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In Saigon Supersound Vol. 2, an Unabashed Celebration of Saigon's Retro Tunes

In less than a year and a half between the releases of the first and second volumes of Saigon Supersound, the highly celebrated compilation’s unique sound hasn’t changed, but the city it celebrates has been through what seems like five years’ worth of development.

Released in May 2017, Saigon Supersound is a music compilation curated and released by German DJ and music producer Jan Hagenkoetter. Both it and the new volume feature 18 Vietnamese songs, mostly from the 60s and 70s, that were selected and restored by Hagenkoetter himself, with help from his friend, fellow DJ Antoine ‘Datodeo’ Toussaint. Saigon Supersound’s first volume was met with highly positive reception from Saigoneers, who gobbled up the retro bolero tunes with unbridled enthusiasm, judging by the public reception during the volume’s release party in Saigon.

Under the luxuriant canopy of a decades-old banyan tree, I talked to Jan Hagenkoetter for the first time to interview him about the first volume last year. We were at the now-defunct 3A Station, squatting on tiny bamboo stools and sipping iced tea from a local stall while, around us, teenagers gingerly posed for elaborate selfies with the hangout’s graffiti-filled walls.

It seems impossible to discuss a cultural product about old Saigon life without touching on how much has changed since then, no matter how clichéd the topic is. Even within the context of Saigon Supersound, a piece of the compilation’s one-year history has also become a thing of the past: La Fenetre Soleil, the lounge where its Saigon release party was held, bid farewell to the 44 Ly Tu Trong building earlier this March. As of 2018, when we met again, Hagenkoetter has also relocated his family to the city instead of traveling back and forth between here and Frankfurt.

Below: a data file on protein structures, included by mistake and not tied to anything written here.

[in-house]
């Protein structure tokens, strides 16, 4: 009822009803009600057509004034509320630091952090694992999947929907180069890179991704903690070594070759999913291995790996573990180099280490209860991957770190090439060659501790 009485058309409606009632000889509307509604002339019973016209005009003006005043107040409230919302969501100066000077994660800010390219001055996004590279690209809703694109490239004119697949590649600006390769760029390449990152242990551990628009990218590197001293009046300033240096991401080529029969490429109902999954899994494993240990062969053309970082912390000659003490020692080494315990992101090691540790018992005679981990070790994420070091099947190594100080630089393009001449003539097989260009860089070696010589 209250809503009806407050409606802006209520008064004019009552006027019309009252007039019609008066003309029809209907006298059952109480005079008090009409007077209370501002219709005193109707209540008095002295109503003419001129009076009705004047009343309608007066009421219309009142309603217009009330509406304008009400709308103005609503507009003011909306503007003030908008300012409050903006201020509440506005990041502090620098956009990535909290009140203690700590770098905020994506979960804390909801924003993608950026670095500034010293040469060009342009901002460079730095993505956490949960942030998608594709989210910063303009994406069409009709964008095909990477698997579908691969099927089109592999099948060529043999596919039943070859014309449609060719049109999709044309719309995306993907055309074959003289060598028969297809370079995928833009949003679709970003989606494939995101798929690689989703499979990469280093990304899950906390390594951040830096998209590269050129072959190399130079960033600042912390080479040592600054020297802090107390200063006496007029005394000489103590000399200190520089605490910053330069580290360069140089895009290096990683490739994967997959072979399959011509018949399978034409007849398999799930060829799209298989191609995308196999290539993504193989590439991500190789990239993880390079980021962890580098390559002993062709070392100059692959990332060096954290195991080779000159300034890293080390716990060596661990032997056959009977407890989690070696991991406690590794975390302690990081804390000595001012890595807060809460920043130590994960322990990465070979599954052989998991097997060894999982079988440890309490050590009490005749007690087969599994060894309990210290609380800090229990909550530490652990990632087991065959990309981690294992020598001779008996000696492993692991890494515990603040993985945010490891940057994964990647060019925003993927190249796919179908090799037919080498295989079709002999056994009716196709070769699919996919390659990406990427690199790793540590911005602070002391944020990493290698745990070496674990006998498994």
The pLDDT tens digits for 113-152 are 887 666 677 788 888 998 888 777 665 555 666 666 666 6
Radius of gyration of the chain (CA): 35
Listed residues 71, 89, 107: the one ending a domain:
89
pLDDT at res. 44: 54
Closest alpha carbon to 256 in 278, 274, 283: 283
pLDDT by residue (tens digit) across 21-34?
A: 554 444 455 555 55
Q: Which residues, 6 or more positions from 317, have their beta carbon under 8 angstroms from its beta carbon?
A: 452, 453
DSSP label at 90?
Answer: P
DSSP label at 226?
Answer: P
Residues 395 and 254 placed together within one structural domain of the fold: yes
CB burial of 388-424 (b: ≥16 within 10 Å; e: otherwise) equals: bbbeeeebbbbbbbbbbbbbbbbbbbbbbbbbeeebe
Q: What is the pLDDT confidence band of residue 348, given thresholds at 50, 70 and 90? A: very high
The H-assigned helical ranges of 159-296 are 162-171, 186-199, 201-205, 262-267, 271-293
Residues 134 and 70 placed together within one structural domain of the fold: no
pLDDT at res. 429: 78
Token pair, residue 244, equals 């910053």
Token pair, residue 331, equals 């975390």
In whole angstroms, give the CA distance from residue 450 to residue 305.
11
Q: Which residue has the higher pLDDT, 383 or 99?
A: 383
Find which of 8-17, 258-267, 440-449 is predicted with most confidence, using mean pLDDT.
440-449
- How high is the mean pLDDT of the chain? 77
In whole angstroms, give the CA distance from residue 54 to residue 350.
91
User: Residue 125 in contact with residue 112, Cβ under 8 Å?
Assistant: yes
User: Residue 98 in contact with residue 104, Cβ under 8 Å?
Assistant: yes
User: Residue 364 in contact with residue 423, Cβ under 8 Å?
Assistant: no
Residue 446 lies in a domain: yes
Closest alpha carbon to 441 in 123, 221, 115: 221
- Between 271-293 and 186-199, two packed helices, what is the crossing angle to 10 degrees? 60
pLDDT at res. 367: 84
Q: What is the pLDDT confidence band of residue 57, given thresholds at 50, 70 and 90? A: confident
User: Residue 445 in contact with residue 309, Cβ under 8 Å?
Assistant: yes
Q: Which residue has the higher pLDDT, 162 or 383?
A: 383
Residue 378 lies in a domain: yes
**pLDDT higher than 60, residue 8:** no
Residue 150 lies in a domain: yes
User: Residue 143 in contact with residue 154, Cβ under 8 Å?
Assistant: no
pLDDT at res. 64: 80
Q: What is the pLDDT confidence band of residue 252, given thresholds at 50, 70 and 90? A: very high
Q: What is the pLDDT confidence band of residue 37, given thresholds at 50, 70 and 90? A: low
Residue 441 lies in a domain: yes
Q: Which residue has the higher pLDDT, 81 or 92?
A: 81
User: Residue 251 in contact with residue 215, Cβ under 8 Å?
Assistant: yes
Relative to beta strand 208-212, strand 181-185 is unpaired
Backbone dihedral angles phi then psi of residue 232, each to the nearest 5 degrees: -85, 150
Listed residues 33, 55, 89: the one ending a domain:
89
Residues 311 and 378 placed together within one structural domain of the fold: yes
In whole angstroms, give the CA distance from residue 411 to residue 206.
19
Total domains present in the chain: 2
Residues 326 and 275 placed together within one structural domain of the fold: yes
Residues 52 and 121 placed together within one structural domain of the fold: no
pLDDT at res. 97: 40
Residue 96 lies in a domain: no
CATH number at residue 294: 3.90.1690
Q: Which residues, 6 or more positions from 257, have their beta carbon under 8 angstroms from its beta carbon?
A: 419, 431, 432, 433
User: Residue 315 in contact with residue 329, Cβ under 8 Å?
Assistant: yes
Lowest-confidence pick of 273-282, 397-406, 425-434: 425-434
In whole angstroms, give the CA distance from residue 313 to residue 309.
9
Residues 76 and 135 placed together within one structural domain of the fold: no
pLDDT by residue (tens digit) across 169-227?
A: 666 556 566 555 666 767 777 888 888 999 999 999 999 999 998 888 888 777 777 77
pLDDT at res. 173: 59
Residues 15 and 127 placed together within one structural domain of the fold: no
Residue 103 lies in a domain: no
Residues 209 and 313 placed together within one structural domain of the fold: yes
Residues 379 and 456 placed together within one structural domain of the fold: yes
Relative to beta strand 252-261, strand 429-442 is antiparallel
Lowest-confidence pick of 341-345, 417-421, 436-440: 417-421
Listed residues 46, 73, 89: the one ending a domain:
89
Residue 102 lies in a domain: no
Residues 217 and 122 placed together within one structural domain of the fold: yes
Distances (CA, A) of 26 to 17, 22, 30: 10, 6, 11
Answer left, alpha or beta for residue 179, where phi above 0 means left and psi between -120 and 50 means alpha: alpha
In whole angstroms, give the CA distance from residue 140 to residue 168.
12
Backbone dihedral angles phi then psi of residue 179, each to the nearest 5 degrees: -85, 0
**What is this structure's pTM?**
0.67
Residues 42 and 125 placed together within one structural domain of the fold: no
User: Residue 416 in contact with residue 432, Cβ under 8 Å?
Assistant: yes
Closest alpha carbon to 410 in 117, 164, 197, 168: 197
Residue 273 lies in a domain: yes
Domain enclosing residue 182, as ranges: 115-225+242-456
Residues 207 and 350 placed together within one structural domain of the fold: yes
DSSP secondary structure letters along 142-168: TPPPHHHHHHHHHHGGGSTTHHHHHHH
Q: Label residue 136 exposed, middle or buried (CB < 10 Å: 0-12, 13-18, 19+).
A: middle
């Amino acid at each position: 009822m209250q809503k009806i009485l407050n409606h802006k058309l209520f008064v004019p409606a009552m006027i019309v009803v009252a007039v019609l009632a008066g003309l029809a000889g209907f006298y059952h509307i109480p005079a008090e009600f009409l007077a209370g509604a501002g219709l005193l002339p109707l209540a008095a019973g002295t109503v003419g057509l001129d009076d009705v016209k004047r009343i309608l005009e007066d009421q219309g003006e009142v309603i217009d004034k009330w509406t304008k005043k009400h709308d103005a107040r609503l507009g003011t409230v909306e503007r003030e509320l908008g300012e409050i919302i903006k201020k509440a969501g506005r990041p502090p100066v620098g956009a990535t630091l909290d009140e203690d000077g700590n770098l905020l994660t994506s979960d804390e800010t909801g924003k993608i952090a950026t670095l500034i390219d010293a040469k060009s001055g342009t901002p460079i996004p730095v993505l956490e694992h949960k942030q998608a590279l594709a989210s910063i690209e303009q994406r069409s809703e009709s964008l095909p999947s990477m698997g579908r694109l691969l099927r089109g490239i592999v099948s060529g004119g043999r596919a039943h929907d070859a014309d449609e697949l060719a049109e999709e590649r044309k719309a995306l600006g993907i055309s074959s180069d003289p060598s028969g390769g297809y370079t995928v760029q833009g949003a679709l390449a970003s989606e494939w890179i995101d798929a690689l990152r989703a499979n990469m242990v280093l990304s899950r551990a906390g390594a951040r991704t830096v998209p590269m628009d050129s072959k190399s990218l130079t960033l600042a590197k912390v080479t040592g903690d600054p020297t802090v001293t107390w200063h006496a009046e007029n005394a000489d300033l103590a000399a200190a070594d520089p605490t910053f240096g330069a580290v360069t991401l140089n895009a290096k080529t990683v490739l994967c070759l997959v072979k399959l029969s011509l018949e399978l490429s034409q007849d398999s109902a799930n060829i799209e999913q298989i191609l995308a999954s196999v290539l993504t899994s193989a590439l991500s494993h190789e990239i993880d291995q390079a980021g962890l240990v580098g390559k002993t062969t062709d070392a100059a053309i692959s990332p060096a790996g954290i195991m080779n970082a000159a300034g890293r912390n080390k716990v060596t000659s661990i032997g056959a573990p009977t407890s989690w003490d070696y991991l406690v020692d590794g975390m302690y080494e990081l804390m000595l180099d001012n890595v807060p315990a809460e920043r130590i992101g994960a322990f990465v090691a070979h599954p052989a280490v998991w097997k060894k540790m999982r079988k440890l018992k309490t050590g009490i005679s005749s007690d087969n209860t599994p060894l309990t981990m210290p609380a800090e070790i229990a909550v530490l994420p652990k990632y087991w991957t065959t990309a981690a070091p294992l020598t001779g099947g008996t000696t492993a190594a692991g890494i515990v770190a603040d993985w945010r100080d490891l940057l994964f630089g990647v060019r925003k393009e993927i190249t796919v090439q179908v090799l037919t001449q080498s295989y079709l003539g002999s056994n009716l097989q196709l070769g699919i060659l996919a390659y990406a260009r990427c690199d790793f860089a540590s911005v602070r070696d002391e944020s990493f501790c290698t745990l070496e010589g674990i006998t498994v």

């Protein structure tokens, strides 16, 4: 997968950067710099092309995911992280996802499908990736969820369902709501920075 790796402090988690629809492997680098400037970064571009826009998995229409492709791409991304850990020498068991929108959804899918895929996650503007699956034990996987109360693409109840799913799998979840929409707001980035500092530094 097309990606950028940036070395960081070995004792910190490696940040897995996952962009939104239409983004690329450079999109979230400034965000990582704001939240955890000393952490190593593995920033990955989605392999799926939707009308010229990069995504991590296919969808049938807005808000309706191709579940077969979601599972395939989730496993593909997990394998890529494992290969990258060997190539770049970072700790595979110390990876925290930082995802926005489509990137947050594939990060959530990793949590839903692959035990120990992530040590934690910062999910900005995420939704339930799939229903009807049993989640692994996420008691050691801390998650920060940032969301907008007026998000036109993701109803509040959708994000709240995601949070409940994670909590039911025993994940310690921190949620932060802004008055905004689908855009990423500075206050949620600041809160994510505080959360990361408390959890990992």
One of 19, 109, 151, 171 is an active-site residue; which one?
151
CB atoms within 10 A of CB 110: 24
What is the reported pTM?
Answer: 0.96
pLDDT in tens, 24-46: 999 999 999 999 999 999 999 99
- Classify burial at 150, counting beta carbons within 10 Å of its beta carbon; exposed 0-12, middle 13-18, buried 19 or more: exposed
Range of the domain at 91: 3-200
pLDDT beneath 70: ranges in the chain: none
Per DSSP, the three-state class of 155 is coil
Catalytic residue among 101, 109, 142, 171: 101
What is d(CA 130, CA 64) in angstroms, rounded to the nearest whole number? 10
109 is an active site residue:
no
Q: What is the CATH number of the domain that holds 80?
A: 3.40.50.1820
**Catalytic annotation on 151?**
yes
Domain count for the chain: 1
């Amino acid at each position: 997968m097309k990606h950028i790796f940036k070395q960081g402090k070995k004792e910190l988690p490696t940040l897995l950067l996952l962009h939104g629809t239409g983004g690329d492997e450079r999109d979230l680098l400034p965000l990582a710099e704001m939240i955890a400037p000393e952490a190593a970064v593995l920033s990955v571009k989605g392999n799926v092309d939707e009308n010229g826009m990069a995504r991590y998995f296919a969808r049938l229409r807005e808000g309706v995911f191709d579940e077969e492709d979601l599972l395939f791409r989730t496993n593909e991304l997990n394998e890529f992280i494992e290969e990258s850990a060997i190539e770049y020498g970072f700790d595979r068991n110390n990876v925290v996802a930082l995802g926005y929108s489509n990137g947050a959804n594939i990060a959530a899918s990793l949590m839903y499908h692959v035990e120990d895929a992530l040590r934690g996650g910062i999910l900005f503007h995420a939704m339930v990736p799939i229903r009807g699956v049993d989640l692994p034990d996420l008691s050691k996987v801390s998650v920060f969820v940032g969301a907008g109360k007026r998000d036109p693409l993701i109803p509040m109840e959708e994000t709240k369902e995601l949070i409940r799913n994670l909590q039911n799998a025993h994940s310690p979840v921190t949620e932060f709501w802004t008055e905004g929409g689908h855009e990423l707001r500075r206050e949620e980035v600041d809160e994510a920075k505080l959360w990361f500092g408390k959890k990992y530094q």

Jan Hagenkoetter spent years searching for songs before coming up with Saigon Supersound. Photo by Fred Wissink.

The plan, he tells Saigoneer, has always been to make Saigon Supersound a trilogy, but the challenge is how to build from what Volume 1 achieved without making the second volume a repetition of its predecessor.

“I want to continue from Volume 1, but I try not to make the same [record], but continuing it — like you can listen in a row and it still stays on theme,” Hagenkoetter explains. “So I think it’s not completely different from Volume 1. Everybody who likes Volume 1 can enjoy Volume 2 as well.”

As a whole, Saigon Supersound Volume 2’s main sound doesn’t deviate much from the foundation that the first volume set up. They both seem to run on a fountain of endless rambunctious energy, bolstered by cheerful lyrics and bouncy instrumentation to celebrate Saigon and life itself.

Tracks like Truong Hai’s ‘Duong Len Non’ (The Path Uphill), Son Ca’s ‘Thon Trang Mo Hoi Trang Tron’ (The Village’s Full-Moon Festival) and Le Thu’s ‘Mung Nang Xuan Ve’ (When the Spring Light Comes) make extensive use of nature-themed imagery like the moon, mountains and the shifting shades of the seasons to highlight the harmonious connection between human revelers and the environment. Of course, these lyrics come with uplifting music that sets the tone for the record.

Still, the 18-song track list allows its producer some room to delve deeper into unique themes and styles that he couldn’t before. These standout exploratory attempts include ‘Loan Mat Nhung’ (Velvet-Eyed Loan) by Elvis Phuong and ‘Funky Do,’ an instrumental song that — whether intentionally or not — serves as a fitting interlude for the compilation.

Elvis Phuong’s song is named after a 1967 book of the same name by Nguyen Thuy Long, and then a movie adaptation directed by Le Dan. The titular “Loan” is in fact a male gangster who is forced into delinquency by unfortunate events. ‘Loan Mat Nhung’ is a distinctly blues number, a genre that rarely made the top charts in the city at the time. “Incomplete love, and the golden dream is fading / A thousand love, a hundred longing, it’s still just a dream,” Phuong croons over a background of ominous blues music.